‘KWAAI Vol.3’ is this year’s contribution from Eclectica Contemporary in their ongoing quest to create a larger platform for artists of colour. Curators Christina Fortune and Kirstin Warries put together a collection they felt, “speaks to the climate we’re in,” and, “is testament to the creative blocks many of the artists went through, [illustrating] how art-making became a tool of relief during this time of confusion [amidst] the overwhelming sense of listlessness brought on by the lockdown.” The impact of the lockdown also informed the format of the exhibition, as like many other galleries have had to do, Eclectica presented their show in a virtual format.
The gallery creating a space that emulates the passage and experience the audience would have with a physical exhibition for Vol.3, does more than confirm the effects of social distancing necessary at present, it also challenges the art and artists with this new formula. Seeking ways to present a collection evolves with every show, and led the artists to lean more toward 2D artworks for ‘KWAAI’ this time around.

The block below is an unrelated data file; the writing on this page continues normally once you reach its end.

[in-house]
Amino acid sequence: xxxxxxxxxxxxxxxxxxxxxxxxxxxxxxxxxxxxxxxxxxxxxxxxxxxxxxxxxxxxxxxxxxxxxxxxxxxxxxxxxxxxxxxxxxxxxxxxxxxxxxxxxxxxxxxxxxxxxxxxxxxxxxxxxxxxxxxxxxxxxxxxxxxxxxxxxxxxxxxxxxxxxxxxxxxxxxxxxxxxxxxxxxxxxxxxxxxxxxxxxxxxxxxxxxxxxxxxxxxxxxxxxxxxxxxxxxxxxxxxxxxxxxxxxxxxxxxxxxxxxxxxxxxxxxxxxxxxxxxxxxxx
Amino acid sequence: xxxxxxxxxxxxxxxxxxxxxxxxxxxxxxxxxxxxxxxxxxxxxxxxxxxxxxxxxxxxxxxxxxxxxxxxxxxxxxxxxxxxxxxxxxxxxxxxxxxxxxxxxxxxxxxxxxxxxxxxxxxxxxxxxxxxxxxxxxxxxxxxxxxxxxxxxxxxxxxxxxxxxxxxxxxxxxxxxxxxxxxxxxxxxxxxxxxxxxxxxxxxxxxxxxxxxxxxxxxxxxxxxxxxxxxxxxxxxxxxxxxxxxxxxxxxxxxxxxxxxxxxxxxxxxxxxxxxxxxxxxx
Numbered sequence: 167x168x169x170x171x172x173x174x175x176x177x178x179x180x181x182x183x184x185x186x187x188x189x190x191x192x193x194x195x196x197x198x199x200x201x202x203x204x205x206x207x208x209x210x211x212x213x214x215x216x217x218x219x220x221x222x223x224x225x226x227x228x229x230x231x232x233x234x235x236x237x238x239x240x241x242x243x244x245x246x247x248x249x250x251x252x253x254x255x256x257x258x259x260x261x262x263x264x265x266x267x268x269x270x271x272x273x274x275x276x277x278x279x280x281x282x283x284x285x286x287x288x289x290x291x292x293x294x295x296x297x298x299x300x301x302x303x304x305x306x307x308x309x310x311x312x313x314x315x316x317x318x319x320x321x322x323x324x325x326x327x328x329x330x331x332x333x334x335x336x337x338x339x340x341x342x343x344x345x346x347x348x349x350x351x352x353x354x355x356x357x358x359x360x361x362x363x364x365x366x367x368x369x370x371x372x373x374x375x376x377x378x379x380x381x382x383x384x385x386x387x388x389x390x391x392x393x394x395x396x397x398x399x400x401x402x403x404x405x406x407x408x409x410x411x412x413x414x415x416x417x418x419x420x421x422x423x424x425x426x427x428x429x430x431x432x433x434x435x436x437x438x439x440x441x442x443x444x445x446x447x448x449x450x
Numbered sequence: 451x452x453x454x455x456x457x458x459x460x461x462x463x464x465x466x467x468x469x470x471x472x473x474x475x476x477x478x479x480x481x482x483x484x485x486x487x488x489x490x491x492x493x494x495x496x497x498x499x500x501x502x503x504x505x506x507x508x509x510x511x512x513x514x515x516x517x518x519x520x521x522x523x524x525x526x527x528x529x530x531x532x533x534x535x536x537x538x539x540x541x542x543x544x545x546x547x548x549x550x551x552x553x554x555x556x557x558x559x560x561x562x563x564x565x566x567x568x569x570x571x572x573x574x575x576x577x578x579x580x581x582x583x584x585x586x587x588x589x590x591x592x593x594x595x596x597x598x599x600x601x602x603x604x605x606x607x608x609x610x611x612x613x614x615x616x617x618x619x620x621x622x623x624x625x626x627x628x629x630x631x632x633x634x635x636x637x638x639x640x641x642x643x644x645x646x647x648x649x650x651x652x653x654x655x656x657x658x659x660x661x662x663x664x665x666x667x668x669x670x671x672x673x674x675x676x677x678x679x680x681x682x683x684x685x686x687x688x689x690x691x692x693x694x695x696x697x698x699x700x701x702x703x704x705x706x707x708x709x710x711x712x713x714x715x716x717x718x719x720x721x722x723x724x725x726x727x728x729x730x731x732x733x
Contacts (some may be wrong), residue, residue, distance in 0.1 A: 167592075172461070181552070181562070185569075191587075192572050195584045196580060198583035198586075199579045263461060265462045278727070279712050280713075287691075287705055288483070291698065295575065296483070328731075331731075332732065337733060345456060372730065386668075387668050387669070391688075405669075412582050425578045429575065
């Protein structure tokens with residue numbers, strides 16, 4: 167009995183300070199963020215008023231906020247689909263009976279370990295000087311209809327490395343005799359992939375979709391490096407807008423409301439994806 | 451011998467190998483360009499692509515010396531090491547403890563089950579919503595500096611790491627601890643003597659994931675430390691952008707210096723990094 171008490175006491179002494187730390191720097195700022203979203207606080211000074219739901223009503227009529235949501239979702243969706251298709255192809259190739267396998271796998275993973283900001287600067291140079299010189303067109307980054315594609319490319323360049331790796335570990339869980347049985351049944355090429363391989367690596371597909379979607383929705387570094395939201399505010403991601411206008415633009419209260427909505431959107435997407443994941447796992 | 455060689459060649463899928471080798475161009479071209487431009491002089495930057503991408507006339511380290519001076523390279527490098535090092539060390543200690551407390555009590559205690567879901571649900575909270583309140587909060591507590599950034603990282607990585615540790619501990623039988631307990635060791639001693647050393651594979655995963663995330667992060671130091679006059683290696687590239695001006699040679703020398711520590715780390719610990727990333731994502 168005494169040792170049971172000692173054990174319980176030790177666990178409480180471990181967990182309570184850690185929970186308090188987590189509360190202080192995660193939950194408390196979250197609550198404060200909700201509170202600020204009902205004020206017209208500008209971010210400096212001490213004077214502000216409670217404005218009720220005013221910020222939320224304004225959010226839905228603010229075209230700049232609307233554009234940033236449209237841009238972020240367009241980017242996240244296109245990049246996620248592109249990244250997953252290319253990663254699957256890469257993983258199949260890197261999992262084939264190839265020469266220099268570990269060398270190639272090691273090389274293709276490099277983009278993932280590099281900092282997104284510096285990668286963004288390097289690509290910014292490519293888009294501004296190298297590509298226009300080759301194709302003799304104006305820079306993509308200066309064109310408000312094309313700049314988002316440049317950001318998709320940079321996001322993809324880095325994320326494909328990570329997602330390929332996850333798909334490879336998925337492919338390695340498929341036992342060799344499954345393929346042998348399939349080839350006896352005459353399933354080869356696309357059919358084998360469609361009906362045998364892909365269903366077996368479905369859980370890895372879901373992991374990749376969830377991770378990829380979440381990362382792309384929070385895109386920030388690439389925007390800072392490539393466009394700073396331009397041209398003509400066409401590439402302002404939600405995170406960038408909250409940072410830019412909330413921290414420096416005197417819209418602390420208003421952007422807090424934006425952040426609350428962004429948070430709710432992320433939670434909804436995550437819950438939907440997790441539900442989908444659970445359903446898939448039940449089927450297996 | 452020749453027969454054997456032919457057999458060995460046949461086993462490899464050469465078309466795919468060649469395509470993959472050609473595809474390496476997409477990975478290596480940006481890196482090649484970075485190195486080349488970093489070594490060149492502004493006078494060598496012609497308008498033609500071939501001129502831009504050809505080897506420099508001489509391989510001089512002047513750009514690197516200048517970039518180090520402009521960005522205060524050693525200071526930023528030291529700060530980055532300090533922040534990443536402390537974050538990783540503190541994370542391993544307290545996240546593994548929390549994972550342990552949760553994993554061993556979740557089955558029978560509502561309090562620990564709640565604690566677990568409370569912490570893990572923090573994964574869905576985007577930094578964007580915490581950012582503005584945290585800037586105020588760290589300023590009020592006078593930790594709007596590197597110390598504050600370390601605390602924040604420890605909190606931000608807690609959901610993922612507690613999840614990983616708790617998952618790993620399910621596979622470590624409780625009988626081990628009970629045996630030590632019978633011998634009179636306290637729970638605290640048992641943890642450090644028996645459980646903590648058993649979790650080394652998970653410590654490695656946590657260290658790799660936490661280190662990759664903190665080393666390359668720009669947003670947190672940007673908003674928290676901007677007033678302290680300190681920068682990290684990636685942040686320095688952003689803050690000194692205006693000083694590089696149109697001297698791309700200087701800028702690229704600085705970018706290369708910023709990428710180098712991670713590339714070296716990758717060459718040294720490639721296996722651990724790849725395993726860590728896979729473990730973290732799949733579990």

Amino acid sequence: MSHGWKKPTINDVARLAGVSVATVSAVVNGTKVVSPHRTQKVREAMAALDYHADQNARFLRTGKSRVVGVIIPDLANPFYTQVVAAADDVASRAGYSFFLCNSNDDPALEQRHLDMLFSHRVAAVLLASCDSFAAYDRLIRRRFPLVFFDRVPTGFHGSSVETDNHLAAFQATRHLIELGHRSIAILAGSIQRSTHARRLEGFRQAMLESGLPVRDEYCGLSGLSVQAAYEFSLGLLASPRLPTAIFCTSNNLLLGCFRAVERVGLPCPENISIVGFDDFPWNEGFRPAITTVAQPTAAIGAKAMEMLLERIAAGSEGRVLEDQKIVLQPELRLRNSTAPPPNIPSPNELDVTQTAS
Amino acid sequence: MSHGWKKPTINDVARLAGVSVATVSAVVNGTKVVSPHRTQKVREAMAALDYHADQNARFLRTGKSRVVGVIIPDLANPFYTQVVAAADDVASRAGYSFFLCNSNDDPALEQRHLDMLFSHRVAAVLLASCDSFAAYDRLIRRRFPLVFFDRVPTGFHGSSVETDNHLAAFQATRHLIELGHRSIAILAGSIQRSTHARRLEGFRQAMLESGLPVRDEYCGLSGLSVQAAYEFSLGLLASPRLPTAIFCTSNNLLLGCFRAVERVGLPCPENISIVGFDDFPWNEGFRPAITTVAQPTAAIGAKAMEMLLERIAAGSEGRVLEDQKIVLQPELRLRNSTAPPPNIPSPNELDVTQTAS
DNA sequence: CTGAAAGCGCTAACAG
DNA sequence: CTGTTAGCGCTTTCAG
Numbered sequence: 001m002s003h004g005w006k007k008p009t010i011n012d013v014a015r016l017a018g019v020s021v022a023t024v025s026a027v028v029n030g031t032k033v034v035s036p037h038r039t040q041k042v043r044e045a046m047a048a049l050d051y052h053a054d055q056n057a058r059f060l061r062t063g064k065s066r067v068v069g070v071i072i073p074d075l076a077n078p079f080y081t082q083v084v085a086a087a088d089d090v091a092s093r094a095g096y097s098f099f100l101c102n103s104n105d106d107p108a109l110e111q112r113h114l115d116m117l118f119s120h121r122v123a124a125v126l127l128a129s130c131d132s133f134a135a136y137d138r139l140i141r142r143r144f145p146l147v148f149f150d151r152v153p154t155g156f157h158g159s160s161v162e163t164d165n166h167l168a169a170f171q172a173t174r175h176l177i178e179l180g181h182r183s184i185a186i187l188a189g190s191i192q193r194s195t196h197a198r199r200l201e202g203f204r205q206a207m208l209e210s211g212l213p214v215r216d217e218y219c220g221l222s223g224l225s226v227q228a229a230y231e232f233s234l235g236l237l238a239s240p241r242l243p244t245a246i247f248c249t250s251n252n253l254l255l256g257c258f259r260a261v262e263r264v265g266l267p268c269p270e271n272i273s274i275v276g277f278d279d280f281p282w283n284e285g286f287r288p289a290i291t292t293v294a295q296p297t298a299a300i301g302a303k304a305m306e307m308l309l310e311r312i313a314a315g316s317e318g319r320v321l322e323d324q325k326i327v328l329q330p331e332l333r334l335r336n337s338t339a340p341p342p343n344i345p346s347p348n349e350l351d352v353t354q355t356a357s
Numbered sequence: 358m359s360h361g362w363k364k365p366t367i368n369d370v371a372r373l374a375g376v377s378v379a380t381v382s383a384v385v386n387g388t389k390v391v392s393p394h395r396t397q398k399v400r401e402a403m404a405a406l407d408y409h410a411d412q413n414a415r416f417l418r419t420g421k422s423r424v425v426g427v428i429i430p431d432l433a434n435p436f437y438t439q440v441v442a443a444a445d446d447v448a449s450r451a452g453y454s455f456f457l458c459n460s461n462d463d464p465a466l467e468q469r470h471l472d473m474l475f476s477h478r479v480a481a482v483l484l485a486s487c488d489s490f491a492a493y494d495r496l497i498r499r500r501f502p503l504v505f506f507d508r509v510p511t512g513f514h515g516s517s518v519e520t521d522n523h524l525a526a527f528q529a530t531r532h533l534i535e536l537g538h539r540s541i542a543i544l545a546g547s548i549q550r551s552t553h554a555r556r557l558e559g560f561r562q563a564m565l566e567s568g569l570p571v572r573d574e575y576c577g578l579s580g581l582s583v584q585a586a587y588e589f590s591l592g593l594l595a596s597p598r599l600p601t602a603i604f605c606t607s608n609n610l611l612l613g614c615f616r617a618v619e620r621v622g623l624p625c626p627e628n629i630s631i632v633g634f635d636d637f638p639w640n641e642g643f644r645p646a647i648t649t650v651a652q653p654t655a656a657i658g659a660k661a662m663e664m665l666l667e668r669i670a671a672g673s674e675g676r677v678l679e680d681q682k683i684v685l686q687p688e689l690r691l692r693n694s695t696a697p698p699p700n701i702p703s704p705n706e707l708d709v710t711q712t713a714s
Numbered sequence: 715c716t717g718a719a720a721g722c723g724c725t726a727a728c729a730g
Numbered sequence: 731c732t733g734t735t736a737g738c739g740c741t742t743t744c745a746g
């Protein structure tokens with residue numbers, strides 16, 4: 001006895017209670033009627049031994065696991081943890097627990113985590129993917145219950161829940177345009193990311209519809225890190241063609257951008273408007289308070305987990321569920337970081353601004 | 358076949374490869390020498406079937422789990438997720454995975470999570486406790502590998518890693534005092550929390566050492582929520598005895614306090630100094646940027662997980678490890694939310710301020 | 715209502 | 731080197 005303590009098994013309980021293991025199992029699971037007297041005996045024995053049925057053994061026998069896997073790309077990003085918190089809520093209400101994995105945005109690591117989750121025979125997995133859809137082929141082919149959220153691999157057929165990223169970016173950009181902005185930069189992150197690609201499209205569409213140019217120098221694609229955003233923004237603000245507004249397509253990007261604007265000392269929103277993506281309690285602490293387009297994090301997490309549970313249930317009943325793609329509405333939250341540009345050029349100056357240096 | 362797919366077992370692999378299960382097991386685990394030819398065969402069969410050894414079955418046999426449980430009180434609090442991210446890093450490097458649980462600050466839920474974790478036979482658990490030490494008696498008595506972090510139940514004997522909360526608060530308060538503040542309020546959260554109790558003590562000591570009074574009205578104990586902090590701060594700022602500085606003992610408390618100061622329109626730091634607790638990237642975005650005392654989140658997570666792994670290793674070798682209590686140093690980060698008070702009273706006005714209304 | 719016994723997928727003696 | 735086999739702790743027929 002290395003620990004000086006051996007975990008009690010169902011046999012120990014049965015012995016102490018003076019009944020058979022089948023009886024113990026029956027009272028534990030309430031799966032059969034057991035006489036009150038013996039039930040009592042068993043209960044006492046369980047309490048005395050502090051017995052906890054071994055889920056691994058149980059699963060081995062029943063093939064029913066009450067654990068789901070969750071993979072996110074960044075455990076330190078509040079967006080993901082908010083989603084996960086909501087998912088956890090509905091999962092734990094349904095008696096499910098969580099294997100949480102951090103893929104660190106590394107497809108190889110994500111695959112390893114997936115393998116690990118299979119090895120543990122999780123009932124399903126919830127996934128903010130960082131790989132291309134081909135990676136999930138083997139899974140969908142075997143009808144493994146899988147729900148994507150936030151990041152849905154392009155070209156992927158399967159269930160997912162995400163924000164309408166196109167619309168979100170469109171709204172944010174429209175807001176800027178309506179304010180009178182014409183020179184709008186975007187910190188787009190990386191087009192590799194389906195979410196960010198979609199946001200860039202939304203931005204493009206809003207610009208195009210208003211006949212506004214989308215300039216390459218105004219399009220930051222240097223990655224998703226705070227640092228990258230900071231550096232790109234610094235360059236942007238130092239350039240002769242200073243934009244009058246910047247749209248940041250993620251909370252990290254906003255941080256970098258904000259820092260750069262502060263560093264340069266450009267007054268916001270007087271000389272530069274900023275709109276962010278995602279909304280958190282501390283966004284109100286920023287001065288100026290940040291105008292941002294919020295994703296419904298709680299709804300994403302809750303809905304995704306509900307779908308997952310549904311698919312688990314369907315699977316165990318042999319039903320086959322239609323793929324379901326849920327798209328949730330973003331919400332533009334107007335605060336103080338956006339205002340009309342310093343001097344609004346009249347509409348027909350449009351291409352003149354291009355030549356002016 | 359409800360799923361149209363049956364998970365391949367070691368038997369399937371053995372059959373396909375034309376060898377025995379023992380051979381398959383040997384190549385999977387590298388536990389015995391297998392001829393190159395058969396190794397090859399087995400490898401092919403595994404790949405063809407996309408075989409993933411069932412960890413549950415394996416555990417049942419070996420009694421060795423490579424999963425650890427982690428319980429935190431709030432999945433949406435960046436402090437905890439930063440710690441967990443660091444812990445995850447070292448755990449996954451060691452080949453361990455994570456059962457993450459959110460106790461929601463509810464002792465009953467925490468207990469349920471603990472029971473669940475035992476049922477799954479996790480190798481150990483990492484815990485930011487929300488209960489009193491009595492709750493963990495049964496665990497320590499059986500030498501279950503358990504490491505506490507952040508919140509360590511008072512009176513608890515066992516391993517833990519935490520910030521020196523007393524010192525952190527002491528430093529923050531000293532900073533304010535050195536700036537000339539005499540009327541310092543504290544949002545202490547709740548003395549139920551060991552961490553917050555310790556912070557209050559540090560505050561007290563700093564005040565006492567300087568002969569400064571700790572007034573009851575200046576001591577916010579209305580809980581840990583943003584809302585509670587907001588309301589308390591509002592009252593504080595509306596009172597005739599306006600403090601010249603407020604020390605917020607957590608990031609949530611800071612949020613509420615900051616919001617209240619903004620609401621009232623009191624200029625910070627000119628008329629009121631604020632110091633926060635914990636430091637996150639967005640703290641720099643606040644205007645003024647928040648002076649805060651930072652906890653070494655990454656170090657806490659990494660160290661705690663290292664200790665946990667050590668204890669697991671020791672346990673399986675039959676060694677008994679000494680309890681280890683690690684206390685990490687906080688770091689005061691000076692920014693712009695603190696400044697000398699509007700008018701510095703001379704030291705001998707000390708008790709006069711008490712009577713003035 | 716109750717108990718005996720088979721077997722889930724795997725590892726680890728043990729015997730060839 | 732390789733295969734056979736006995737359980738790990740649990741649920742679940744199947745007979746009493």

Each collection under the name ‘KWAAI’ seeks to welcome more perspectives onboard the platform they’re building, as it’s being built. The gallery’s decision to make this show annual, to stay in pursuit of each voice seeking a stage, and using this show as a means to make constructive contributions to the community, are evidence that at its core, ‘KWAAI’ is still very much in honour of black and brown artists and their communities. ‘KWAAI’ is putting in the work and emphasising the value that archiving these stories has on shaping the future, and the space black and brown people will occupy in it.